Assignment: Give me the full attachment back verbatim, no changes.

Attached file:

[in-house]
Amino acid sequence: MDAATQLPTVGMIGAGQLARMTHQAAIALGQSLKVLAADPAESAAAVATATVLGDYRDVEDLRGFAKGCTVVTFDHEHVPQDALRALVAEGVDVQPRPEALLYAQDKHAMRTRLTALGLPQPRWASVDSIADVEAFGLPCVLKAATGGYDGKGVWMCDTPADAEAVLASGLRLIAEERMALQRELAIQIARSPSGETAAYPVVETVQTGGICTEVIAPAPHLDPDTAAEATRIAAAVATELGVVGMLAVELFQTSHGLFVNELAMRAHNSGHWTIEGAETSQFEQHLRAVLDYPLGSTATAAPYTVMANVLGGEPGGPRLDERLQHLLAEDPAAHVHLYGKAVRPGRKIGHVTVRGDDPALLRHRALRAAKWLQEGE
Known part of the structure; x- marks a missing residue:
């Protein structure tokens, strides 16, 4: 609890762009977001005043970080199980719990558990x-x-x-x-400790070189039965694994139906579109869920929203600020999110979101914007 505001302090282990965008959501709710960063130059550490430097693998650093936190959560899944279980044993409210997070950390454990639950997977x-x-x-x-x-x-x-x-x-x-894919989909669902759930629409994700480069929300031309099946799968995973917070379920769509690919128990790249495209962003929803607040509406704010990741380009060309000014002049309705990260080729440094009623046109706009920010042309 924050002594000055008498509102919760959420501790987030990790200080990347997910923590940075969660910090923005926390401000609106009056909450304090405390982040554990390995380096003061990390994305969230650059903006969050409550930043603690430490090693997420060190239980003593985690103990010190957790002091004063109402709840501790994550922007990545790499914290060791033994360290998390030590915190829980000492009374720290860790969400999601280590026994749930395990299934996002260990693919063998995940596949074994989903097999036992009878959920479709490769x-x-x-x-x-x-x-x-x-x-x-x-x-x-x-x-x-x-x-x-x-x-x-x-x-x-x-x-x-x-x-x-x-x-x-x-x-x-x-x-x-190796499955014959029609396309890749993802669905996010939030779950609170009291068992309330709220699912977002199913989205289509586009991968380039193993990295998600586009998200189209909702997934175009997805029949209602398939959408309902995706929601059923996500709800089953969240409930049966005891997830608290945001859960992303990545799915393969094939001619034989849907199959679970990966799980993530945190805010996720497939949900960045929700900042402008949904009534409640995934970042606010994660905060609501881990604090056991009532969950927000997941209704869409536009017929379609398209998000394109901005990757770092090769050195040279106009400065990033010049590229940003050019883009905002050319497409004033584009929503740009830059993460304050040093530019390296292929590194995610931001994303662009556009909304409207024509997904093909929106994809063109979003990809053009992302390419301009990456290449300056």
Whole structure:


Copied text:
[in-house]
Amino acid sequence: MDAATQLPTVGMIGAGQLARMTHQAAIALGQSLKVLAADPAESAAAVATATVLGDYRDVEDLRGFAKGCTVVTFDHEHVPQDALRALVAEGVDVQPRPEALLYAQDKHAMRTRLTALGLPQPRWASVDSIADVEAFGLPCVLKAATGGYDGKGVWMCDTPADAEAVLASGLRLIAEERMALQRELAIQIARSPSGETAAYPVVETVQTGGICTEVIAPAPHLDPDTAAEATRIAAAVATELGVVGMLAVELFQTSHGLFVNELAMRAHNSGHWTIEGAETSQFEQHLRAVLDYPLGSTATAAPYTVMANVLGGEPGGPRLDERLQHLLAEDPAAHVHLYGKAVRPGRKIGHVTVRGDDPALLRHRALRAAKWLQEGE
Known part of the structure; x- marks a missing residue:
């Protein structure tokens, strides 16, 4: 609890762009977001005043970080199980719990558990x-x-x-x-400790070189039965694994139906579109869920929203600020999110979101914007 505001302090282990965008959501709710960063130059550490430097693998650093936190959560899944279980044993409210997070950390454990639950997977x-x-x-x-x-x-x-x-x-x-894919989909669902759930629409994700480069929300031309099946799968995973917070379920769509690919128990790249495209962003929803607040509406704010990741380009060309000014002049309705990260080729440094009623046109706009920010042309 924050002594000055008498509102919760959420501790987030990790200080990347997910923590940075969660910090923005926390401000609106009056909450304090405390982040554990390995380096003061990390994305969230650059903006969050409550930043603690430490090693997420060190239980003593985690103990010190957790002091004063109402709840501790994550922007990545790499914290060791033994360290998390030590915190829980000492009374720290860790969400999601280590026994749930395990299934996002260990693919063998995940596949074994989903097999036992009878959920479709490769x-x-x-x-x-x-x-x-x-x-x-x-x-x-x-x-x-x-x-x-x-x-x-x-x-x-x-x-x-x-x-x-x-x-x-x-x-x-x-x-x-190796499955014959029609396309890749993802669905996010939030779950609170009291068992309330709220699912977002199913989205289509586009991968380039193993990295998600586009998200189209909702997934175009997805029949209602398939959408309902995706929601059923996500709800089953969240409930049966005891997830608290945001859960992303990545799915393969094939001619034989849907199959679970990966799980993530945190805010996720497939949900960045929700900042402008949904009534409640995934970042606010994660905060609501881990604090056991009532969950927000997941209704869409536009017929379609398209998000394109901005990757770092090769050195040279106009400065990033010049590229940003050019883009905002050319497409004033584009929503740009830059993460304050040093530019390296292929590194995610931001994303662009556009909304409207024509997904093909929106994809063109979003990809053009992302390419301009990456290449300056």
Whole structure: